On January 16, 2016, Taiwan had its second two-in-one presidential and legislative elections. The chairwoman of the opposition Democratic Progressive Party (DPP), Tsai Ing-wen, won the presidential election with 56.1 percent of the votes to become Taiwan’s first female president. In the legislative election, the DPP captured 68 seats, about 60.2 percent of the total 113 seats, up from 40, while the nationalist Kuomintang (KMT) won only 35 seats, down from 64. Two small parties, the newly established pro-independence fundamentalist New Power Party (NPP) and the pro-unification People First Party (PFP) received five and three seats respectively.
The post-election survey conducted by the Election Study Center at the National Chengchi University shows that, except for mainlanders in Taiwan, Tsai received majority support in almost every social group defined by ethnicity, age, gender, education and class. Specifically, among the three major ethnic groups in Taiwan, most mainlanders maintained their stronger support for the KMT, with 62.2 percent of them voting for the KMT presidential candidate Eric Chu, while only 23.5 percent voted for Tsai in the election. In contrast, the votes for Tsai in the Minnan and Hakka ethnic groups and all the age, gender, education and class groups fall into the high support range of 55–70 percent for Tsai, except for the age group of 50–59 (49.4 percent).1
Some other surveys also show that since 2013, the percentage of Taiwanese voters who identify with the DPP has surpassed those who identify with the KMT. In the first half of 2016, Taiwanese voters’ identification with the DPP went up to an unprecedentedly high of 33.9 percent, while that with the KMT dipped to 19.6 percent, the lowest since 2003. Identification with the KMT was even lower in 2001 and 2002 at 15.8 percent and 15.9 percent respectively.
In the 2014 local elections, the DPP took 13 out of 22 local governor positions. Therefore, with stronger support from the public, the legislature, and local governments, Tsai seemed to be in a great advantageous position to start her four-year presidency. However, her administration is a movement government playing two conflicting roles.2
A movement government is a type of democratic government with its legitimacy premised on not only the popular vote it wins in an election but also its commitment to lead an important political movement, such as the movement for Taiwan’s independence. Therefore, a movement government plays the roles of a national government and a movement leader. Under most conditions, the two roles are inherently conflicting. As a government, the general public expects it to develop the economy, and promote social harmony and progress; as a movement leader, the movement supporters expect it to achieve the movement’s goal (e.g. Taiwan’s independence), which is often at odds with the government’s objectives of economic development and social harmony. The movement government thus sways between the two roles to keep a fine balance. However, achieving and maintaining balance is difficult and often leads to frequent shifts in the administration’s policies, jeopardizing political and social stability. Rising instability will cost the movement government dearly in terms of popular support.
The DPP’s domination of the legislature and local governments has greatly empowered the DPP administration to fulfil its government role. The administration’s most serious disadvantage is the deteriorating cross-strait relations due to its role as the independence movement leader. Therefore, the Tsai administration had, in the first seven months since May 2016, clearly attempted to emphasize its role as a government and minimize the movement leader role — a tactic that is similar to Chen Shui-bian’s concessional strategy during the early period of his first term (2000–2004). With much stronger legislative and local governors’ support, Tsai did not compromise on pro-independence issues in 2016 as much as Chen did in 2000.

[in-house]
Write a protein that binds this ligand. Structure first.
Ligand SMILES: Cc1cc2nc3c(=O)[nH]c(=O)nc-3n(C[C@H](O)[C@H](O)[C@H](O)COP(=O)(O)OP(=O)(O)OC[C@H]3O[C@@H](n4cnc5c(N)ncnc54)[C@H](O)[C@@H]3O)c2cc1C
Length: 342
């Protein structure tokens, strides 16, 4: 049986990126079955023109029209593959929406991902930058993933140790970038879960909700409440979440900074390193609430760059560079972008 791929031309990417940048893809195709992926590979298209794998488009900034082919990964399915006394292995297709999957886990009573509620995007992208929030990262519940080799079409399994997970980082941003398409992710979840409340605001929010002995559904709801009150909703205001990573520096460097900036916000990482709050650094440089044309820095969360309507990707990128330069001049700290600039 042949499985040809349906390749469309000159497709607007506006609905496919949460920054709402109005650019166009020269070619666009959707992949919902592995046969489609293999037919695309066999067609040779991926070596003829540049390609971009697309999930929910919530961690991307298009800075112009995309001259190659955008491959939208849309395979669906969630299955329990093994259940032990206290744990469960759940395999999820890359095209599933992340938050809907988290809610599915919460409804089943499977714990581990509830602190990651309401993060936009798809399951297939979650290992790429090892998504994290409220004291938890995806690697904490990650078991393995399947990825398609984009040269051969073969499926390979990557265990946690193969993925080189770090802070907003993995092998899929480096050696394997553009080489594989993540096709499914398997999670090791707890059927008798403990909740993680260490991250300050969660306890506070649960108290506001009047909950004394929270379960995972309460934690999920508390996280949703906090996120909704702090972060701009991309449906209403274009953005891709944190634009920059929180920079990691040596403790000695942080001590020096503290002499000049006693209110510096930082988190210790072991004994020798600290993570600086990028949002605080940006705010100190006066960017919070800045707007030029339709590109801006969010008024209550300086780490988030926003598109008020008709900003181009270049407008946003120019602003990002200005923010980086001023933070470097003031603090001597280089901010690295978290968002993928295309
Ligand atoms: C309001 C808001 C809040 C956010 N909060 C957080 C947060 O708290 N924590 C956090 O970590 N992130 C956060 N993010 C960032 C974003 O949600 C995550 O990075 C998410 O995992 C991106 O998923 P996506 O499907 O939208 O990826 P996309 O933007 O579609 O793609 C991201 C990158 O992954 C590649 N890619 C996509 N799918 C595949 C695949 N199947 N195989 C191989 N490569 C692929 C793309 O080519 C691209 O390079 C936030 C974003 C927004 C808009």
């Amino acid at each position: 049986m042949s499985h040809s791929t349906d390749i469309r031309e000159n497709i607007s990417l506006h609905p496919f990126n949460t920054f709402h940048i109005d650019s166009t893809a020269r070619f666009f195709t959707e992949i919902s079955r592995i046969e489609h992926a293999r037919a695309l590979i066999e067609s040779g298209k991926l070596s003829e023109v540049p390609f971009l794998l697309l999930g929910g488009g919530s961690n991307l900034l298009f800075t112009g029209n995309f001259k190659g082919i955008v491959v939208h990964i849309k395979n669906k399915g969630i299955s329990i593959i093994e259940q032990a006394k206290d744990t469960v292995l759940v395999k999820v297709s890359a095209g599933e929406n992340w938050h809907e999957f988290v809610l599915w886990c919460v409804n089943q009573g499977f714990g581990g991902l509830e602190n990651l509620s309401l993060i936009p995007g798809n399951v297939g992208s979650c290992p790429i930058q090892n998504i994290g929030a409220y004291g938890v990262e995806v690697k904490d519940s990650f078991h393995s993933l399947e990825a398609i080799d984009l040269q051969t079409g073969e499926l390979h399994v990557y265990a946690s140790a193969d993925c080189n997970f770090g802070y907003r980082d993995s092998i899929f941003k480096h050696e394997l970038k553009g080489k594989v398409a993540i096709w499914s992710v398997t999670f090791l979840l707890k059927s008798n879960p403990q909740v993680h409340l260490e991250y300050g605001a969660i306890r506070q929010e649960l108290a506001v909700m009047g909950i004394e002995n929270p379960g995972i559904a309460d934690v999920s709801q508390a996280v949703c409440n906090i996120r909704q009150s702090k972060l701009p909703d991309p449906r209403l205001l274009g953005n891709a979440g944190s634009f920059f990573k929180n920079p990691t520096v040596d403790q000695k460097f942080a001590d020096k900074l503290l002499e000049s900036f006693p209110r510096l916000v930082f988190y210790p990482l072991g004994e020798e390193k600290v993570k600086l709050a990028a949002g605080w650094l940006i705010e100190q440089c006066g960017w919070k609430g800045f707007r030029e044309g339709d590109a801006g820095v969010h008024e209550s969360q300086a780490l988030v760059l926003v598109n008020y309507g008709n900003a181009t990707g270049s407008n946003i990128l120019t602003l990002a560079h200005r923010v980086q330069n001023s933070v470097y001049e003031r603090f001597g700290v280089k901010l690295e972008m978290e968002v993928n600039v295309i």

On the other hand, she repeatedly offered gestures of goodwill to mainland China by promising to conduct cross-strait affairs in accordance with the Republic of China Constitution and the Act Governing Relations between the People of Taiwan Area and the Mainland Area, both of which are based on the one-(Republic of) China principle. Tsai also rejected the version of the Cross-Strait Agreement Supervisory Act proposed by DPP legislators that uses terminology implying a state-to-state cross-strait relationship and replaced the sensitive terminology “Taiwan–China” with “cross-strait” in the DPP’s version of the Act.
The important officials tasked with cross-strait relations in the Tsai administration are technocrats not known to hold strong pro-independence stances. This could be viewed as extending a gesture of goodwill to mainland China as well. Tsai’s Premier Lin Chuan — a nonpartisan from a deep-blue (pro-KMT) family — was finance minister in the Chen administration and is known to hold a vague ideological stance on independence issues. Lin formed a cabinet mainly of technocrats and professionals, most of whom had worked for either the Chen or the Ma administration, or both. Many in the green camp were reportedly unhappy with Lin’s cabinet for it included too many former officials from the blue camp.
However, Tsai has certainly not abandoned her administration’s movement leader role and attempted to maintain a balancing act. Her administration has focused mostly on consolidating Taiwan’s de facto independence and promoting Taiwanese nationalism to fulfil its movement leader role. For example, the Tsai administration rescinded the Ma administration’s pro-China and therefore controversial textbook revision guidelines, revised the Academia Historica’s regulations to restrict mainland Chinese scholars’ access to the archives, improved Taiwan’s relations with the United States and Japan, and promoted the “New Southbound Policy” to enhance economic, social and cultural ties with India and Southeast Asian countries to reduce Taiwan’s economic dependence on mainland China.
Protests by the Movement Society